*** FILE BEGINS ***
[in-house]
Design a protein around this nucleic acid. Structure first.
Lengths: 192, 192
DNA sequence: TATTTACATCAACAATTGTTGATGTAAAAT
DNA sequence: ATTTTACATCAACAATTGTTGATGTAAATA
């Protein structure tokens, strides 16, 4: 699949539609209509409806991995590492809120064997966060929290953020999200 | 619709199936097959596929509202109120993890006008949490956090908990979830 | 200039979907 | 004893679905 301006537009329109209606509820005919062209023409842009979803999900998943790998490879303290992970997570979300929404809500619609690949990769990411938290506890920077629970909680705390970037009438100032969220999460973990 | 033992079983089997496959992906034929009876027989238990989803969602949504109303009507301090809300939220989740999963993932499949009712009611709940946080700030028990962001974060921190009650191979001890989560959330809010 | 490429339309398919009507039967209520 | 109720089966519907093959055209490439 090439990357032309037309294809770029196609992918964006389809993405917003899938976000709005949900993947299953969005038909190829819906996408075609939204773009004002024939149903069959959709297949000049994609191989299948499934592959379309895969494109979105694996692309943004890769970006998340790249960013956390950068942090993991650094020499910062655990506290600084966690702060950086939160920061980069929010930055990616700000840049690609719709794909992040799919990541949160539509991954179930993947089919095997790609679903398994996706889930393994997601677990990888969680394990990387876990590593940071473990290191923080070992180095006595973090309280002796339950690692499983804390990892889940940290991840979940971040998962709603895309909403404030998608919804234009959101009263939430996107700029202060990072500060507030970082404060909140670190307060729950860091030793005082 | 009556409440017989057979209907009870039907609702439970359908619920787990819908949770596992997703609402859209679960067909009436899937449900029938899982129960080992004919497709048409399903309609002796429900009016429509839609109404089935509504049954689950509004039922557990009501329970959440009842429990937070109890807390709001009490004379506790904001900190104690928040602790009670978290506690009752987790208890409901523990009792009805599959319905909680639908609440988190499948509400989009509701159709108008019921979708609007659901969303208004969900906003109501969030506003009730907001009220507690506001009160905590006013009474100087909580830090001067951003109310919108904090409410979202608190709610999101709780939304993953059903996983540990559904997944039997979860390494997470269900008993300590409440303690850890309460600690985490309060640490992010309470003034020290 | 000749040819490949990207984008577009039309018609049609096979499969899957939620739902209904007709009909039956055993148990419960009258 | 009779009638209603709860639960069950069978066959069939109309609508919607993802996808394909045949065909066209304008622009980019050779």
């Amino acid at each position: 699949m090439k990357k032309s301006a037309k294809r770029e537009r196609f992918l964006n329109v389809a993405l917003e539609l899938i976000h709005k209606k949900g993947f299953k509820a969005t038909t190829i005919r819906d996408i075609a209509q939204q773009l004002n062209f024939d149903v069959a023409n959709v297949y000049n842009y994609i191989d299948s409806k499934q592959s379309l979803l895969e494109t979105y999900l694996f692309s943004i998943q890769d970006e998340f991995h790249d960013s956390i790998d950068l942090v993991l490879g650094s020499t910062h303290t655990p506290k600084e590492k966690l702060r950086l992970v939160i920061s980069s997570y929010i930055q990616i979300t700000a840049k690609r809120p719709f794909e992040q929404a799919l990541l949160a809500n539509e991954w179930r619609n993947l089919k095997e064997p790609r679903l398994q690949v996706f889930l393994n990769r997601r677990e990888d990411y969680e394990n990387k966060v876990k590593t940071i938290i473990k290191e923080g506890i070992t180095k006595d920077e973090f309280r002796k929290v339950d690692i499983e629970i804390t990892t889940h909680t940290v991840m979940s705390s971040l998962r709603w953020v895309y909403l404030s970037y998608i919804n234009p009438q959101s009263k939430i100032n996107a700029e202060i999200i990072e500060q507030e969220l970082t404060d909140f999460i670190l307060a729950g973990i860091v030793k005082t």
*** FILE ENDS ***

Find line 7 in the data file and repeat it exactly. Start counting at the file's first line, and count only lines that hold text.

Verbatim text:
């Amino acid at each position: 699949m090439k990357k032309s301006a037309k294809r770029e537009r196609f992918l964006n329109v389809a993405l917003e539609l899938i976000h709005k209606k949900g993947f299953k509820a969005t038909t190829i005919r819906d996408i075609a209509q939204q773009l004002n062209f024939d149903v069959a023409n959709v297949y000049n842009y994609i191989d299948s409806k499934q592959s379309l979803l895969e494109t979105y999900l694996f692309s943004i998943q890769d970006e998340f991995h790249d960013s956390i790998d950068l942090v993991l490879g650094s020499t910062h303290t655990p506290k600084e590492k966690l702060r950086l992970v939160i920061s980069s997570y929010i930055q990616i979300t700000a840049k690609r809120p719709f794909e992040q929404a799919l990541l949160a809500n539509e991954w179930r619609n993947l089919k095997e064997p790609r679903l398994q690949v996706f889930l393994n990769r997601r677990e990888d990411y969680e394990n990387k966060v876990k590593t940071i938290i473990k290191e923080g506890i070992t180095k006595d920077e973090f309280r002796k929290v339950d690692i499983e629970i804390t990892t889940h909680t940290v991840m979940s705390s971040l998962r709603w953020v895309y909403l404030s970037y998608i919804n234009p009438q959101s009263k939430i100032n996107a700029e202060i999200i990072e500060q507030e969220l970082t404060d909140f999460i670190l307060a729950g973990i860091v030793k005082t």